Worried Man Blues

From Wikipedia, the free encyclopedia
Jump to: navigation, search

"Worried Man Blues" is a folk song in the roots music repertoire. Like many folks songs passed by oral tradition, the lyrics vary from version to version, but generally all contain the chorus "It takes a worried man to sing a worried song/It takes a worried man to sing a worried song/I'm worried now, but I won't be worried long." The verses tell the story of a man imprisoned for unknown reasons "I went across the river, and I lay down to sleep/When I woke up, had shackles on my feet", who pines for his lost love, who is "on the train and gone."

Notable recordings and performances[edit]

Performed by the Carter Family

Problems playing this file? See media help.

The Carter Family recorded this song for the Victor Talking Machine Company in 1930.

It was also recorded by Big Joe Williams in 1935, Woody Guthrie in 1940, the Kingston Trio in 1959 (as "A Worried Man" with new verses),[1] Ramblin' Jack Elliott in the 60s, Johnny Cash in 1969, Pete Seeger in 1970 (together with Johnny Cash), Devo in 1979, Van Morrison in 1998, Elliott Murphy in 2013, and numerous other artists.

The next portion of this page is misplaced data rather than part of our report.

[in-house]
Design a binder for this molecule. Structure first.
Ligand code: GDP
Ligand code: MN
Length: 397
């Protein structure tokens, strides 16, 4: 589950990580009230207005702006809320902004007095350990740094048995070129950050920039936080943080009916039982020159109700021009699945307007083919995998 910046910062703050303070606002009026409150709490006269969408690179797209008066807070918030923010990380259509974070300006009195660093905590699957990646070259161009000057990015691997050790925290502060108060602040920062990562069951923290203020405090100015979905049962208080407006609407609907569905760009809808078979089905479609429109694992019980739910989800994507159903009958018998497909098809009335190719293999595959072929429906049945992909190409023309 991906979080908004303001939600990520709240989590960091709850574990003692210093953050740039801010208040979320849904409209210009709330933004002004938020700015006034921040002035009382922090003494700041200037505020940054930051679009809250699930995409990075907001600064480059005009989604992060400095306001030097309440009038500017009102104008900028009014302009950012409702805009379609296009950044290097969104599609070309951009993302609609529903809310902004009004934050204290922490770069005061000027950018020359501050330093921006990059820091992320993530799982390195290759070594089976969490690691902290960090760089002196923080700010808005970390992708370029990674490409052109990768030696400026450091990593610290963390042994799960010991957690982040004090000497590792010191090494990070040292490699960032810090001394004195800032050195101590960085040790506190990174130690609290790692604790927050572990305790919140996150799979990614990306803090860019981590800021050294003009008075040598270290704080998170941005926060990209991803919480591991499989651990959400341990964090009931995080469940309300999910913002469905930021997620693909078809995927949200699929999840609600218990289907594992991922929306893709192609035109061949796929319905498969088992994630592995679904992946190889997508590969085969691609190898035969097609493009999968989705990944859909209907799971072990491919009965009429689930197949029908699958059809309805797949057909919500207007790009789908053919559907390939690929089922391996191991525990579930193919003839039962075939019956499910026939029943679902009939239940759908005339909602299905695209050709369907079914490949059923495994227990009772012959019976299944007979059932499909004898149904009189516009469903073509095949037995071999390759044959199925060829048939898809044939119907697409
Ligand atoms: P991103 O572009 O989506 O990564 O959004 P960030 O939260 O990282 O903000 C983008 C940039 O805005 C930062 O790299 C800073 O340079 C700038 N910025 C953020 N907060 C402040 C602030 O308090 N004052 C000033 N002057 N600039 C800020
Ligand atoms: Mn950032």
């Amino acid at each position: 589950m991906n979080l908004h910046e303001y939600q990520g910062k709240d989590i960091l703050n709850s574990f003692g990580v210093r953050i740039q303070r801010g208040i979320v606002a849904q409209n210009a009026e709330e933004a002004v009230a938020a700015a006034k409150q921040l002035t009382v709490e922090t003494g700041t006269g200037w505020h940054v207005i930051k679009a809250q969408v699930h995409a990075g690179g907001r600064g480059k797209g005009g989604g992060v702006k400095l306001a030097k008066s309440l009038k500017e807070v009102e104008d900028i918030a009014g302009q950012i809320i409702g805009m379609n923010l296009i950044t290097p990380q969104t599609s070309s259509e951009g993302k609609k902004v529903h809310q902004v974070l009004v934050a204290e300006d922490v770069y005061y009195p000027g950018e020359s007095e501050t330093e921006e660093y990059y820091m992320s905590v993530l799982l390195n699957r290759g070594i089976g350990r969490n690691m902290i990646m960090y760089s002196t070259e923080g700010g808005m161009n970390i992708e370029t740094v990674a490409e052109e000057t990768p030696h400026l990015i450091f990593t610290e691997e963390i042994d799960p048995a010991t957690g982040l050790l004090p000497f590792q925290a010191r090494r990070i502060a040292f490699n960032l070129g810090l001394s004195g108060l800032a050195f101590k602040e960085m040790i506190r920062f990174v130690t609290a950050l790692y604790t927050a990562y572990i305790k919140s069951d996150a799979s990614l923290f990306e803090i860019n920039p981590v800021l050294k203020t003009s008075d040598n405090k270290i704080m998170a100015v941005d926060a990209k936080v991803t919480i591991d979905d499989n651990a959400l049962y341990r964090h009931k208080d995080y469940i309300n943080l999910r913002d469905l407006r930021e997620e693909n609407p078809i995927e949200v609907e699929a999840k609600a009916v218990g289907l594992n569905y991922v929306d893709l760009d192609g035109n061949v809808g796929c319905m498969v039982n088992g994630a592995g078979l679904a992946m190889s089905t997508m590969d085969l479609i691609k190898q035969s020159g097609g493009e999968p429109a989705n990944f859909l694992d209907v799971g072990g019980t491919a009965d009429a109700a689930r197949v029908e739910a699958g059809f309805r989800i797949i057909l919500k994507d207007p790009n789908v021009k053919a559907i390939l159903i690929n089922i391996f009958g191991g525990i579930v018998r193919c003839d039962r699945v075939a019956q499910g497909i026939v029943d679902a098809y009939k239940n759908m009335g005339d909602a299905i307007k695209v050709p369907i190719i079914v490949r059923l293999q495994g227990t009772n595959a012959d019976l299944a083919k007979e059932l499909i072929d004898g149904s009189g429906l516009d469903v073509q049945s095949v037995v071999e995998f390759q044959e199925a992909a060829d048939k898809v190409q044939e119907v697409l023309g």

It features on Paolo Nutini's 2009 album, Sunny Side Up.

Half Man Half Biscuit included a version on their 2001 EP Editor's Recommendation.

References by other artists[edit]

In their 1995 song, "Rollerkoaster", indie band Railroad Jerk references "Worried Man Blues" in the refrain, as Marcellus Hall sings, "It takes a worried man to sing a worried song, and I'm not one of 'em!"

In Beck's 1996 song, "Hotwax", he sings "It takes a backwash man to sing a backwash song."

The band Old 97's in their 1997 song, "Big Brown Eyes" include the line "It takes a worried man to sing a worried song."

The Squirrel Nut Zippers' 2009 song, "It Happens All the Time," contains the line "It takes a worried man to sing a worried song."

Devo's song "It Takes A Worried Man" a.k.a. "Worried Man Blues" was recorded in 1979. It is a cover of the folk song by The Carter Family, from the film Human Highway (1982).

Sources[edit]